By Jim Smith
BOSTON — Ken Conley, the suspended Irish-American Boston police officer convicted of lying to a grand jury about what he saw during the early morning hours of Jan. 25, 1995 when a fellow police officer was beaten, is scheduled to begin serving a 34-month prison sentence within the coming weeks despite mounting protests from editorial boards, politicians and citizens across this city.
Last Wednesday, more than 200 supporters of Conley rallied in front of the federal courthouse, condemning what they describe as an outrageous miscarriage of justice.
Conley, who is 30, was found not guilty in June 1998 of a perjury charge that he had lied when he said he had not witnessed the beating of fellow police officer, Michael Cox, during a wild pursuit of four murder suspects at a dimly lit cul-de-sac in Mattapan. Cox, who was in plain clothes as about 45 police officers converged on the scene, was hit over the head and severely beaten by other officers who mistook him for one of the fleeing suspects.
However, Conley was found guilty of perjury by that same jury for telling the grand jury in 1997 that he had not seen Cox running up to a fence during the pursuit just before Cox was set upon by fellow officers.
Conley claims he was focused on a fleeing suspect, whom he eventually apprehended after jumping over the fence, and had no awareness of Cox being in the vicinity during the commotion, which involved at least 40 responding officers.
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As reported in the Echo in March, a juror who convicted Conley, Burgess Nichols, told a Channel 4 TV reporter and the Echo that he regretted his decision to find Conley guilty of the one perjury count. He said that he has since visited the crime scene late at night and has become convinced of Conley’s innocence.
"I believe Conley was focused on getting his man, not on all the commotion around him," Nichols said at the time.
Last month, a federal appeals court upheld Conley’s conviction.
Two weeks ago, the Boston Globe editorial board met with Conley. On Aug. 13, an editorial in that newspaper called Conley’s pending incarceration "a grave injustice." It concluded "A terrible stillness set in after Boston police officers beat and abandoned Michael Cox. No one claims that Conley participated. A jury has found that he didn’t witness it either. Yet Conley is on the verge of sinking in this bog of injustice."
Many of Conley’s Southie supporters claim that he is a scapegoat who was squeezed in 1997 by federal prosecutors who were frustrated by the two-year wall of silence that surrounded the case.
Last December, three other officers, two black and one white, were found liable by a federal civil jury for the beating of Cox and related offenses. Conley was found not liable for any offense related to that incident. Yet he remains the only person who has been criminally charged in the case.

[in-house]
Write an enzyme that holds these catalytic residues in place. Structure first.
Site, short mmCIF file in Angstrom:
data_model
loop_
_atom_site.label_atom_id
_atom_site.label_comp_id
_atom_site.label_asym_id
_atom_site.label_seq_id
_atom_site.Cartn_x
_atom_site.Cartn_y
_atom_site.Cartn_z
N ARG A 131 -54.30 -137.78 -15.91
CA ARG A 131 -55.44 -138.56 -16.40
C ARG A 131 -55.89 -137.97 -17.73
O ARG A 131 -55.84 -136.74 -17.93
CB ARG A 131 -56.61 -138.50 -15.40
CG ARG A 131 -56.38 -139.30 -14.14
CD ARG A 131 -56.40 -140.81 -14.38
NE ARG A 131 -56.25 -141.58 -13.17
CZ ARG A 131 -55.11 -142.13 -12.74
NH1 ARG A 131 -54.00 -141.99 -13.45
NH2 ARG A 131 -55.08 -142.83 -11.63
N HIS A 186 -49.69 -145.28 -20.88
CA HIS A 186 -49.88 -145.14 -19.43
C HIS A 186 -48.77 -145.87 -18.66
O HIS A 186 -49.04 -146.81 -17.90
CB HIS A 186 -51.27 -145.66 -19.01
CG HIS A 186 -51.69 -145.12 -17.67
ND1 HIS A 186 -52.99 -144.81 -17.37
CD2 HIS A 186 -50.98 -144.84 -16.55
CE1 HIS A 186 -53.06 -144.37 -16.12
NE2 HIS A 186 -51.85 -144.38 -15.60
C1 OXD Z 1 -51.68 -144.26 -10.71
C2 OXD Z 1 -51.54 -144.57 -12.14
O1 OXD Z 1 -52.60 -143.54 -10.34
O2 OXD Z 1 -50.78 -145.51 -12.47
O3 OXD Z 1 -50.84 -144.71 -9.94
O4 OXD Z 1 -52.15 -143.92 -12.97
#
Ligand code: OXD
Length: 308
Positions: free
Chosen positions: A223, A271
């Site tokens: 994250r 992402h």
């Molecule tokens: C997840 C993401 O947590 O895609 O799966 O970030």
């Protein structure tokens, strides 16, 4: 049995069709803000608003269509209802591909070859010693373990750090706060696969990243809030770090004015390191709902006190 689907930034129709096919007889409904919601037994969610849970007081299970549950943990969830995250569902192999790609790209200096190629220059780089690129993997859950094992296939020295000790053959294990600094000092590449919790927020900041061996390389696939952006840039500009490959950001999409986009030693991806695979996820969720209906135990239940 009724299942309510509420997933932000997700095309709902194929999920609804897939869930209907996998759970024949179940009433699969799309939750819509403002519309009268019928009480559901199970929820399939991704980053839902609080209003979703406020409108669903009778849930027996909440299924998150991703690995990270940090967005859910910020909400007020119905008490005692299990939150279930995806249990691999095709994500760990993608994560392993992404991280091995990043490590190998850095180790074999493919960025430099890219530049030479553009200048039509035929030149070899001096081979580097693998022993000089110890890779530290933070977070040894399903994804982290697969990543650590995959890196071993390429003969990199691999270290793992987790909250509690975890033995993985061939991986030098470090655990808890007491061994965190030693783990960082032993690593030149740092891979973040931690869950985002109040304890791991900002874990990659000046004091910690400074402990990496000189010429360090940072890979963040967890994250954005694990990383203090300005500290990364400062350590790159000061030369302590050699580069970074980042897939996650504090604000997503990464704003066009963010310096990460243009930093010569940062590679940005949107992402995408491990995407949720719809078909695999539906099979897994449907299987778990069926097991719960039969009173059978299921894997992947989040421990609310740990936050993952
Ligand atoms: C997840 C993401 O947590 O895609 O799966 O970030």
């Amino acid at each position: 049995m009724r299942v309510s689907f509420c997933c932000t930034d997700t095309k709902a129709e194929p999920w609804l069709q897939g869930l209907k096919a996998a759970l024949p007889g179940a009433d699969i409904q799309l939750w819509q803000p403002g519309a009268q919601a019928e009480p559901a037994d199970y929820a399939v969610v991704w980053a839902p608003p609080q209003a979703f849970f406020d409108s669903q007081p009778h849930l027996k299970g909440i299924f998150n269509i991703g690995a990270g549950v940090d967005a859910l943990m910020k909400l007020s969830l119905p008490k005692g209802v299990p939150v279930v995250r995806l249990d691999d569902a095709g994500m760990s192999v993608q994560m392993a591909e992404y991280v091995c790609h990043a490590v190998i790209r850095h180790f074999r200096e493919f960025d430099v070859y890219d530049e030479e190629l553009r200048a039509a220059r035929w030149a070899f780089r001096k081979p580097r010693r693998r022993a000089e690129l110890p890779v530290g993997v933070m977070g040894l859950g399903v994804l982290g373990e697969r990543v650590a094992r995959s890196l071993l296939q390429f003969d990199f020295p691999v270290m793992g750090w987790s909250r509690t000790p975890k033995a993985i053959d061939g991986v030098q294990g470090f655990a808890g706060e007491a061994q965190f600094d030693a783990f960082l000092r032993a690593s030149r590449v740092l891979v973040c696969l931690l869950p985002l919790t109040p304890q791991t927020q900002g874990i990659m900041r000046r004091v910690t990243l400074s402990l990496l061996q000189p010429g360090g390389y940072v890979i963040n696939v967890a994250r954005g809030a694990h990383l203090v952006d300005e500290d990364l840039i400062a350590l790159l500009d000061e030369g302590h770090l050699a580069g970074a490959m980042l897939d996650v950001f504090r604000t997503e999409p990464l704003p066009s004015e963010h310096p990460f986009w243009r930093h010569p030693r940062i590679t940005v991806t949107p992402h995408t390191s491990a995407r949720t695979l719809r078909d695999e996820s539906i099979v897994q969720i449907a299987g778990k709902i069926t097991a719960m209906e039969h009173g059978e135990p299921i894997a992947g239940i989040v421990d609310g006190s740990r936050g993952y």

Martin Hanley, who is 83, was one of those at last week’s demonstration outside the federal courthouse. The County Roscommon native and Dorchester resident described Conley as a "sacrificial lamb" who has been unfairly targeted by federal authorities.
"The boy was brought up decent in the true faith of an Irishman," Hanley said, "He’s a Celt and he’ll fight this, as we all will. The U.S. government should just put this thing on hold."
Among those who are rallying behind Conley is the federal prisoner featured in last week’s Echo, Richard Johnson, who now works as an office clerk for Willie Davis, the lawyer who has been representing Conley.
Johnson, who lives in a federal halfway house after being in prison since February 1991, has offered to speak with Conley about the federal prison system. Conley and his supporters, however, are putting off that discussion, hoping that further legal remedies and the public outcry for justice will keep Conley out of jail.
According to Johnson, the federal prison population has changed considerably over the years. "It used to be a place for white-collar criminals, guys involved with tax evasion, mail fraud, the Mafia and heavy-duty bank robberies," he said. "Since the government got involved in local law enforcement, there are a lot of street-corner crack dealers in there now. I’d say about 80 percent of the guys are in there for drugs."
Johnson’s concern, and that of Conley’s supporters, is that Conley will not be well received by the inmate population because he is a police officer. "Obviously his background as a cop won’t be to his advantage in jail," he said.
Supporters of Conley are planning additional rallies and events in the coming days in a desperate attempt to forestall his expected imminent entry into federal prison.